Walking the talk

    So far, Rwanda is on the right path of the implementation with more activities in the pipeline. Different private investors have expressed interest in directing funds towards the implementation of different projects.

    In fact, there were financing agreements signed by a couple of companies to make more investments to drive the implementation.

    One of them is the United Arab Emirates based firm, Cheikh Rakadh Group, which has committed to invest $50 million (about Rwf42 billion) under the recently launched Rwanda Smart City Master Plan.

    The agreement was signed during this year’s Transform Africa Summit held in May in Kigali with the main aim to finance the implementation.

    Already, Ngali Holdings, a local firm implementing the master plan, revealed that they are closing discussions regarding the identification of viable projects, business models and costing of the selected projects.

    “We are closing discussions with the technical and the financial partners, especially on the financing and the areas of investment,” noted Ivan Twagirashema, the company’s chief executive officer, without revealing much about the ongoing work.

    On the other hand, Inmarsat, a global mobile satellite communications service company, started the implementation of activities following an agreement signed months ago with the Government.

    According to Emmanuel Dusenge, Inmarsat’s Programme Manager in Rwanda, the company started with a city-wide deployment of LoRaWAN (a form of LPWAN or Low Power Wide Area Network).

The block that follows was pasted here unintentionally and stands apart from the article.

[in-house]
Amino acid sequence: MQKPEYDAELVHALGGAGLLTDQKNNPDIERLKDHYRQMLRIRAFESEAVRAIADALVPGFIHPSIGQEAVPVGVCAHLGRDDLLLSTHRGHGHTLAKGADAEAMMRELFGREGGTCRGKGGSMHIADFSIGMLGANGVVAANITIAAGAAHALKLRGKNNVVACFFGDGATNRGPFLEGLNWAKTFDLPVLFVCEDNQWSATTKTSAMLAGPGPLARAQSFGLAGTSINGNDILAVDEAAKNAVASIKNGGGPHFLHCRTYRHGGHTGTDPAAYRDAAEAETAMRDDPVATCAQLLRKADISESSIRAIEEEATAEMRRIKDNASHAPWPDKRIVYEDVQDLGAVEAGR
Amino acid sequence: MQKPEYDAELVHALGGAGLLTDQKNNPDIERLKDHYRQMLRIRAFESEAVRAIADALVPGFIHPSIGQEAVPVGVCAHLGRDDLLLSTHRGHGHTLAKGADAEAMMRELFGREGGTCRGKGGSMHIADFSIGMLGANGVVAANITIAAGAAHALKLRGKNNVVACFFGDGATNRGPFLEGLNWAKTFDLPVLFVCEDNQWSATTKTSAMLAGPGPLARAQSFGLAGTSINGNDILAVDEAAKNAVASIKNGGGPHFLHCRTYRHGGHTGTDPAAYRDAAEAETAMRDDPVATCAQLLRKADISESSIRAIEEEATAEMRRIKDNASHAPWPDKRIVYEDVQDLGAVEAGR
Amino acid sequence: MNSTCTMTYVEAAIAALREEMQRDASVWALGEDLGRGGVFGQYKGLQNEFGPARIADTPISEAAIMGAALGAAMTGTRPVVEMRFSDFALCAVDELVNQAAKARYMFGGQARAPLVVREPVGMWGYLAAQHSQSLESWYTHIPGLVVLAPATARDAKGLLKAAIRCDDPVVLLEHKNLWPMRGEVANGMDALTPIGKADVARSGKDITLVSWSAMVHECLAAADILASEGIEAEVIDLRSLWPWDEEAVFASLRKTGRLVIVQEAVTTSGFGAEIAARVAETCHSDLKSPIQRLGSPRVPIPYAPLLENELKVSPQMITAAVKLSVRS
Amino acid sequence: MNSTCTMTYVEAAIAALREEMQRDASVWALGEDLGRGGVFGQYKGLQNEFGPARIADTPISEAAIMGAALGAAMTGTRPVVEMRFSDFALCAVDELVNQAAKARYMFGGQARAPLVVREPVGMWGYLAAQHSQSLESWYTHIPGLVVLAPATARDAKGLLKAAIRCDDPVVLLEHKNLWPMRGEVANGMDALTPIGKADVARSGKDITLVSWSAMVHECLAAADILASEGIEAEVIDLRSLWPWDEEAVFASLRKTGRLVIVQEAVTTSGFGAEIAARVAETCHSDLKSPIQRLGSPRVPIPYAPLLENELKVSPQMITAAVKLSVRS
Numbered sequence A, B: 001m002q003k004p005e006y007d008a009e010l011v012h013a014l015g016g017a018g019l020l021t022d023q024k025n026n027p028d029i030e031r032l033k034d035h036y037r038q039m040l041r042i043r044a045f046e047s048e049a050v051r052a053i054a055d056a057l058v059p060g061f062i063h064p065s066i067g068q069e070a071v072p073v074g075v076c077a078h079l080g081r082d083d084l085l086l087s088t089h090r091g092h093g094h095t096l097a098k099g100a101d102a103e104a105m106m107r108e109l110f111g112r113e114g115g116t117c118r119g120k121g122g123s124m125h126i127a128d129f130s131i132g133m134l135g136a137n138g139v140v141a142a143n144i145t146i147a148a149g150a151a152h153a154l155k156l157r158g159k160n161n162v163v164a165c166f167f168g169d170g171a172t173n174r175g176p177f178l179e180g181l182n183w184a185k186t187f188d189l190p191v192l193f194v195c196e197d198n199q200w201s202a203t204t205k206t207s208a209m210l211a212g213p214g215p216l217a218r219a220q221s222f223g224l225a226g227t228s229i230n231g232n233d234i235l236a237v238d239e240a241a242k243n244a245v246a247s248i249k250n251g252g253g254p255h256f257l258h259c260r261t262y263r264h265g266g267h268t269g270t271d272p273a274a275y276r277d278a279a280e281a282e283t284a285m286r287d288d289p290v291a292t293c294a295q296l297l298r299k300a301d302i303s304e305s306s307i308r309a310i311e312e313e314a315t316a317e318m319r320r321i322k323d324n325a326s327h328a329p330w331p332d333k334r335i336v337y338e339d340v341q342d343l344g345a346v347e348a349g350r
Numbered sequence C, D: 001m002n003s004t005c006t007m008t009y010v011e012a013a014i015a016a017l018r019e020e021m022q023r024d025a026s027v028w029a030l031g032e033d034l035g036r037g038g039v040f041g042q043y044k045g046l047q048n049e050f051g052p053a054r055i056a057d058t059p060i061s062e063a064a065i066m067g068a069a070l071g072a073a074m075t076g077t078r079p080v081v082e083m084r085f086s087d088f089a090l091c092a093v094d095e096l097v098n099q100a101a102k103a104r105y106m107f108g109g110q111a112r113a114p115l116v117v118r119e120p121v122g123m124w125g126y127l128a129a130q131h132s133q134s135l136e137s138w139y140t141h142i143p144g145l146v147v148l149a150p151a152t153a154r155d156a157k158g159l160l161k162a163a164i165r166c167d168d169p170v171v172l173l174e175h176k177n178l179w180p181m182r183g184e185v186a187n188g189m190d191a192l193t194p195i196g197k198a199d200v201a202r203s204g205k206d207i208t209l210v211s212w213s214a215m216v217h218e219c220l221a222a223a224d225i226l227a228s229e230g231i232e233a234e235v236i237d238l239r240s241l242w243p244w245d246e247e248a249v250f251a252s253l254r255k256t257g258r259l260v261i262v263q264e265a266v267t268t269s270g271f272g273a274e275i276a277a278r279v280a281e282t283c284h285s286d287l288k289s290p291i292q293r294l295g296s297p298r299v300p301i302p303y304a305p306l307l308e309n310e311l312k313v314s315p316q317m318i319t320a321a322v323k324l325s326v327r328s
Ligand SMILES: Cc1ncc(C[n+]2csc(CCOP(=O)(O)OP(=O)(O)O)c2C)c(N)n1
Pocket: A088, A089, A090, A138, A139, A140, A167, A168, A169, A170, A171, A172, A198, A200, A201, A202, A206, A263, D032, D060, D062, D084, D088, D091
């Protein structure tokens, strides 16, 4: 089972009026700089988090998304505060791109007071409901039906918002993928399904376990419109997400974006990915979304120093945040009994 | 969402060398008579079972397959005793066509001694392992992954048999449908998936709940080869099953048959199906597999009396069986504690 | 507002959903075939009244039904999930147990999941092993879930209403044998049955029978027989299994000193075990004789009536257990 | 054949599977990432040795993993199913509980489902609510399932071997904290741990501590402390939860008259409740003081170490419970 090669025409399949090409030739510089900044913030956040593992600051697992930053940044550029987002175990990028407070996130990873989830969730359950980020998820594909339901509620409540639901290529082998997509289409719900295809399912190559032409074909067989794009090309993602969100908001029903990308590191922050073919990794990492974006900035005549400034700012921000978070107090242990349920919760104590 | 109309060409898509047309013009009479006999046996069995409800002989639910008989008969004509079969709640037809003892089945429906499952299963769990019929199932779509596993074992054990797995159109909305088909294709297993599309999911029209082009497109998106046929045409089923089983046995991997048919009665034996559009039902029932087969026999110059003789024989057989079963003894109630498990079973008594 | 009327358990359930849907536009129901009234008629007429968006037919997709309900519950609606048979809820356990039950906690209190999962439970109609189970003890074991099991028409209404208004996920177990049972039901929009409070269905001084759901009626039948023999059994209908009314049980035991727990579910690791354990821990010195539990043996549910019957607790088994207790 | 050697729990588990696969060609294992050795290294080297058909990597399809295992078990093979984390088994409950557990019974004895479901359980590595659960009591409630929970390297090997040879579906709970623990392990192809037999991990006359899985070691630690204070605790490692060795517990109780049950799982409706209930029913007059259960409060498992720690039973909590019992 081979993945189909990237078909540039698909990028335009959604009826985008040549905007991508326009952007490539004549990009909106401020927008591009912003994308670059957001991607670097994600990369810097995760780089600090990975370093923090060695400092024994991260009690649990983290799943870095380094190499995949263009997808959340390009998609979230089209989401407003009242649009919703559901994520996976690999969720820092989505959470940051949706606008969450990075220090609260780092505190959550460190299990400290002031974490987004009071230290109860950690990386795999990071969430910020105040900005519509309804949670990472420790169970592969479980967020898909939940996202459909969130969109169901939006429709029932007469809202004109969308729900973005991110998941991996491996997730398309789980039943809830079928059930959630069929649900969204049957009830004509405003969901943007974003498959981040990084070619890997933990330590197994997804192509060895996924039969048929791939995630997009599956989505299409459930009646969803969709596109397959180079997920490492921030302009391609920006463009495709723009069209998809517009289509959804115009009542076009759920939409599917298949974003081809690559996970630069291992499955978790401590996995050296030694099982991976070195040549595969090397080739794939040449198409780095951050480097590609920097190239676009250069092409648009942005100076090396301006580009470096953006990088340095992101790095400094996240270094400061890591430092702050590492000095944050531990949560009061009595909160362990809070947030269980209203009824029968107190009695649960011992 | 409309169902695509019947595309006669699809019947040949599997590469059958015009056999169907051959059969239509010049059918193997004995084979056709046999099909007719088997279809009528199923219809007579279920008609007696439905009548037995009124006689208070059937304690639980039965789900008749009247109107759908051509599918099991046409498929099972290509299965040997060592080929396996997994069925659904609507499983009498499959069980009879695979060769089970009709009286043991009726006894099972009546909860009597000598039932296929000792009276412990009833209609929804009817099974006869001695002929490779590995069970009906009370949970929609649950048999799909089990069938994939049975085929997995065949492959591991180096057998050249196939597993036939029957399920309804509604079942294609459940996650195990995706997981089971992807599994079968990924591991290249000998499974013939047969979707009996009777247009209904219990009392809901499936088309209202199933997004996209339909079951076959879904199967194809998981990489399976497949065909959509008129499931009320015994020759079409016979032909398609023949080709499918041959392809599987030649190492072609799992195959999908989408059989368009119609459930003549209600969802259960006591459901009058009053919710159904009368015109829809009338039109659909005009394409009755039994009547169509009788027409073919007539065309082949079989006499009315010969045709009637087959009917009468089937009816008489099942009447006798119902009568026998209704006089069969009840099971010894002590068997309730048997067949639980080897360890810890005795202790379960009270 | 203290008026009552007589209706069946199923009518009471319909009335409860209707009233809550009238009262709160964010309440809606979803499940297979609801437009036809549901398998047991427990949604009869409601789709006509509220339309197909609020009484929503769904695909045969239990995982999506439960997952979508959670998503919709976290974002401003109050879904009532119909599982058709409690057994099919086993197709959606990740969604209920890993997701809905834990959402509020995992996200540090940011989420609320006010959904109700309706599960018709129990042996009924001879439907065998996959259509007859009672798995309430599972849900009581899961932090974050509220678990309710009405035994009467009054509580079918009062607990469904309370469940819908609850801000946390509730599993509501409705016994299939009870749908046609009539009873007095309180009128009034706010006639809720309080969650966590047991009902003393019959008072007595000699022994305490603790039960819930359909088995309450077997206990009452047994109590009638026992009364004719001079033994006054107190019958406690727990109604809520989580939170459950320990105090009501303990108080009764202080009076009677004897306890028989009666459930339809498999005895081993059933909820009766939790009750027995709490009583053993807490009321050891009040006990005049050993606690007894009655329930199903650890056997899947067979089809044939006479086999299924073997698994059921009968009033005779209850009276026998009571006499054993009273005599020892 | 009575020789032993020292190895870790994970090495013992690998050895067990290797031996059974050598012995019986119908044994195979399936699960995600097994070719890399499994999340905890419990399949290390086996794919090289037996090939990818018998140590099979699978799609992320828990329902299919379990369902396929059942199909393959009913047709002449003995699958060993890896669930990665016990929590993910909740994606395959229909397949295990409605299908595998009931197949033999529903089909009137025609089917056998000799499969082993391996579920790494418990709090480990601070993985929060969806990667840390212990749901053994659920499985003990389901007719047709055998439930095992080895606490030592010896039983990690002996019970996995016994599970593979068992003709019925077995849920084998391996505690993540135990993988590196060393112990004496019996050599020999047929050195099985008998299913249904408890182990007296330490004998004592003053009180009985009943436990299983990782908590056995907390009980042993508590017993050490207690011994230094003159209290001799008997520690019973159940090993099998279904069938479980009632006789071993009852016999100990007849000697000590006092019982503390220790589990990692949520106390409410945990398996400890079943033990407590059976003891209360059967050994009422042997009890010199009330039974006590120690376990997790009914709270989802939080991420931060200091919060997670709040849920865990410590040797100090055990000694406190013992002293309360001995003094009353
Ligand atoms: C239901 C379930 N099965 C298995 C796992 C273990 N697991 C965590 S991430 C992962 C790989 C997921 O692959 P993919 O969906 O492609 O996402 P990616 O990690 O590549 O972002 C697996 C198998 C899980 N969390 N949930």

He said the infrastructure will be a connectivity platform for a variety of Internet of Things (IoT) applications.

    “Five LoRaWAN gateways have been installed in major areas in Nyarugenge, Kicukiro, Kacyiru and Prime Economic Zone, which provides significant network coverage to Kigali city. This will also provide opportunities to connect different kinds of sensors that generate data for decision support,” he said.

    Dusenge said the established LoRaWAN network infrastructure will mainly facilitate capacity-building and foster improved education, innovation and job creation, and that the infrastructure has been made available to some of the educational institutes to facilitate students to experience, develop IoT prototypes, and carry out academic research in the field of potential IoT solutions.

    Among other projects aimed at driving smart cities agenda, Inmarsat, in partnership with the City of Kigali, is also carrying out street lighting, an initiative aimed at integrating IoT technologies to help the city monitor and control street lights as well as reduce energy consumption and maintenance.

    IoT is one of the emerging technology fields, which refers to the connection of devices (other than typical fare such as computers and smartphones) to internet. Cars, kitchen appliances, and even heart monitors can all be connected through the IoT.

    Air metering (a smarter metering solution to reduce water leakage in the network and revenue losses), as well as air quality monitoring, are other IoT technology projects that are being pursued in Rwanda to advance the smart cities agenda.

    Source: The New Times